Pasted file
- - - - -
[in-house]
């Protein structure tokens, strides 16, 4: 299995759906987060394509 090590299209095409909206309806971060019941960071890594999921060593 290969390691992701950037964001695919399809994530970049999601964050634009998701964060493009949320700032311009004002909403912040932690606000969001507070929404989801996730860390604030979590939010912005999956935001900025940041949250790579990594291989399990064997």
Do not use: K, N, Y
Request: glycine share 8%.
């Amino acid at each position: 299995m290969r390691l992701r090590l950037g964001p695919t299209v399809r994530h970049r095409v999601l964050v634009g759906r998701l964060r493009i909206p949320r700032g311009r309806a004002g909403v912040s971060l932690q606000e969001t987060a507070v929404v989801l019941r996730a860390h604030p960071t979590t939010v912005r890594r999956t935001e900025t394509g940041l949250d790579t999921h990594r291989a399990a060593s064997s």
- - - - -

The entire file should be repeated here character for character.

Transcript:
[in-house]
């Protein structure tokens, strides 16, 4: 299995759906987060394509 090590299209095409909206309806971060019941960071890594999921060593 290969390691992701950037964001695919399809994530970049999601964050634009998701964060493009949320700032311009004002909403912040932690606000969001507070929404989801996730860390604030979590939010912005999956935001900025940041949250790579990594291989399990064997």
Do not use: K, N, Y
Request: glycine share 8%.
């Amino acid at each position: 299995m290969r390691l992701r090590l950037g964001p695919t299209v399809r994530h970049r095409v999601l964050v634009g759906r998701l964060r493009i909206p949320r700032g311009r309806a004002g909403v912040s971060l932690q606000e969001t987060a507070v929404v989801l019941r996730a860390h604030p960071t979590t939010v912005r890594r999956t935001e900025t394509g940041l949250d790579t999921h990594r291989a399990a060593s064997s």